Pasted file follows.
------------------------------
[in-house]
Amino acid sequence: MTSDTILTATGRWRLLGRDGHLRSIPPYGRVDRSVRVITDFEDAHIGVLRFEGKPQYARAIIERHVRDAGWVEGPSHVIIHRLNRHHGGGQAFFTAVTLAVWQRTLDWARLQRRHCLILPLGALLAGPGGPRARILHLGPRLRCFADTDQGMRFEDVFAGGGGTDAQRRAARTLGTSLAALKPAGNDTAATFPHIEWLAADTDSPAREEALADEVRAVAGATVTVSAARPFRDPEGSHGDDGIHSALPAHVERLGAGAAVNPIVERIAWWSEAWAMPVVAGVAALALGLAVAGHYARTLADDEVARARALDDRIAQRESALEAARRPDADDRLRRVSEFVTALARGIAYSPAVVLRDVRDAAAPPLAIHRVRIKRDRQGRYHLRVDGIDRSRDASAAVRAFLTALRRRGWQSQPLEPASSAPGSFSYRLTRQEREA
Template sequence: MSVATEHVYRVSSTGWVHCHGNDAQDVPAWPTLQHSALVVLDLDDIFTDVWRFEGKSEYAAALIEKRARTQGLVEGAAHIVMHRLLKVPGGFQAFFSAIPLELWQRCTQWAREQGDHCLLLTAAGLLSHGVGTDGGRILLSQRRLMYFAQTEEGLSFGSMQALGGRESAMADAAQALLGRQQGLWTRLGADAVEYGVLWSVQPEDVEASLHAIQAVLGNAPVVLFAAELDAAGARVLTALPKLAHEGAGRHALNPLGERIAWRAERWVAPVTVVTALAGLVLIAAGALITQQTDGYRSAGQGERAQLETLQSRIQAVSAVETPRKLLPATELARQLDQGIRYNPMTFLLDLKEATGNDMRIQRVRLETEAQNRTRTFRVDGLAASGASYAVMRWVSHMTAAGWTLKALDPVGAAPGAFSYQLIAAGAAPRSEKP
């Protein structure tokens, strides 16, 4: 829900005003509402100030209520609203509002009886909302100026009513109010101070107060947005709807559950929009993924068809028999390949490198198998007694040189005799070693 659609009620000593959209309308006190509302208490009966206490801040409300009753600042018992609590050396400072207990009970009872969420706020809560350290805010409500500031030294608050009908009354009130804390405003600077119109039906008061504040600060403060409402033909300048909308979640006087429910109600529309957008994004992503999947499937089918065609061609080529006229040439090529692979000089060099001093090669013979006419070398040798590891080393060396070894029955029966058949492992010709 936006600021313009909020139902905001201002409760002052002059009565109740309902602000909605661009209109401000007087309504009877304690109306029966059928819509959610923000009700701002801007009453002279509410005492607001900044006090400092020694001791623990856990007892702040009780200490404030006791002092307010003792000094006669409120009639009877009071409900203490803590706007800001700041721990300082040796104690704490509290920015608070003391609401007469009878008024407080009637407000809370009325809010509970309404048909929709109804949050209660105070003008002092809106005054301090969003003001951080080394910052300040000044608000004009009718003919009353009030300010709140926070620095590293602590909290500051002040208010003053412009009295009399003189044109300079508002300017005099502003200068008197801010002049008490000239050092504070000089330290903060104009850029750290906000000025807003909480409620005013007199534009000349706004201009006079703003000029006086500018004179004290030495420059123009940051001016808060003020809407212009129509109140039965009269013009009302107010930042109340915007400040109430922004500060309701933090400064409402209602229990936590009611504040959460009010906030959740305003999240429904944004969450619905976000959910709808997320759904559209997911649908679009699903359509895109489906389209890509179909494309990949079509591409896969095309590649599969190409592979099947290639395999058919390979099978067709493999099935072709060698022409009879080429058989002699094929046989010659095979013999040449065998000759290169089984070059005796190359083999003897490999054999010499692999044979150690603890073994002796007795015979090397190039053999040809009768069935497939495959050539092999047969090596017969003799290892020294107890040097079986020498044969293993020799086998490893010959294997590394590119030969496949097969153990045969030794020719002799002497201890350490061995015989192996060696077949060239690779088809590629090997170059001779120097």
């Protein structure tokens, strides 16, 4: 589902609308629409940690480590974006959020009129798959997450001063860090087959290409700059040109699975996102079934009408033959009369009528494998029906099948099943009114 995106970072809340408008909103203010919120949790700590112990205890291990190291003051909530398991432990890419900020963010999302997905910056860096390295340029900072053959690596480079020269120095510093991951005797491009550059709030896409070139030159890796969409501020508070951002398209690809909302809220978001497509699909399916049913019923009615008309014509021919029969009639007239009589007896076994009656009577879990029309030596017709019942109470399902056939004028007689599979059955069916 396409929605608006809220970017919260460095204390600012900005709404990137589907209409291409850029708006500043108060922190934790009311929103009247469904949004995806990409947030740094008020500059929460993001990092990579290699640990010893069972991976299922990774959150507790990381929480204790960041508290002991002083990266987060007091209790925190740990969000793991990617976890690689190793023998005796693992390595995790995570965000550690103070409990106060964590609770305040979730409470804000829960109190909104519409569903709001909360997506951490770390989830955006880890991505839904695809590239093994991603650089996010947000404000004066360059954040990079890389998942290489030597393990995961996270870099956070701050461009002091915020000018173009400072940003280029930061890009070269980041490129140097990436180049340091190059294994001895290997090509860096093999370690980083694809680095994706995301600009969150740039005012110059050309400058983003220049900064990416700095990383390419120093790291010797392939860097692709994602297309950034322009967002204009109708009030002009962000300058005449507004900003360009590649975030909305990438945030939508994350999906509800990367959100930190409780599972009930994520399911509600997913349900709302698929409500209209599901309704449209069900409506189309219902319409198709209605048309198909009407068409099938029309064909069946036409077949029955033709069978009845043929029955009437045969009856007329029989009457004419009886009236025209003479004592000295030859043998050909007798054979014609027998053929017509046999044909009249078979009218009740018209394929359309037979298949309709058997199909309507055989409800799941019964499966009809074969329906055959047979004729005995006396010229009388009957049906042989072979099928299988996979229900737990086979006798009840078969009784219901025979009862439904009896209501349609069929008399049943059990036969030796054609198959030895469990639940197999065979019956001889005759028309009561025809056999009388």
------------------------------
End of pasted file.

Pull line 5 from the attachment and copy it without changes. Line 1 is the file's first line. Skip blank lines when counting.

């Protein structure tokens, strides 16, 4: 589902609308629409940690480590974006959020009129798959997450001063860090087959290409700059040109699975996102079934009408033959009369009528494998029906099948099943009114 995106970072809340408008909103203010919120949790700590112990205890291990190291003051909530398991432990890419900020963010999302997905910056860096390295340029900072053959690596480079020269120095510093991951005797491009550059709030896409070139030159890796969409501020508070951002398209690809909302809220978001497509699909399916049913019923009615008309014509021919029969009639007239009589007896076994009656009577879990029309030596017709019942109470399902056939004028007689599979059955069916 396409929605608006809220970017919260460095204390600012900005709404990137589907209409291409850029708006500043108060922190934790009311929103009247469904949004995806990409947030740094008020500059929460993001990092990579290699640990010893069972991976299922990774959150507790990381929480204790960041508290002991002083990266987060007091209790925190740990969000793991990617976890690689190793023998005796693992390595995790995570965000550690103070409990106060964590609770305040979730409470804000829960109190909104519409569903709001909360997506951490770390989830955006880890991505839904695809590239093994991603650089996010947000404000004066360059954040990079890389998942290489030597393990995961996270870099956070701050461009002091915020000018173009400072940003280029930061890009070269980041490129140097990436180049340091190059294994001895290997090509860096093999370690980083694809680095994706995301600009969150740039005012110059050309400058983003220049900064990416700095990383390419120093790291010797392939860097692709994602297309950034322009967002204009109708009030002009962000300058005449507004900003360009590649975030909305990438945030939508994350999906509800990367959100930190409780599972009930994520399911509600997913349900709302698929409500209209599901309704449209069900409506189309219902319409198709209605048309198909009407068409099938029309064909069946036409077949029955033709069978009845043929029955009437045969009856007329029989009457004419009886009236025209003479004592000295030859043998050909007798054979014609027998053929017509046999044909009249078979009218009740018209394929359309037979298949309709058997199909309507055989409800799941019964499966009809074969329906055959047979004729005995006396010229009388009957049906042989072979099928299988996979229900737990086979006798009840078969009784219901025979009862439904009896209501349609069929008399049943059990036969030796054609198959030895469990639940197999065979019956001889005759028309009561025809056999009388």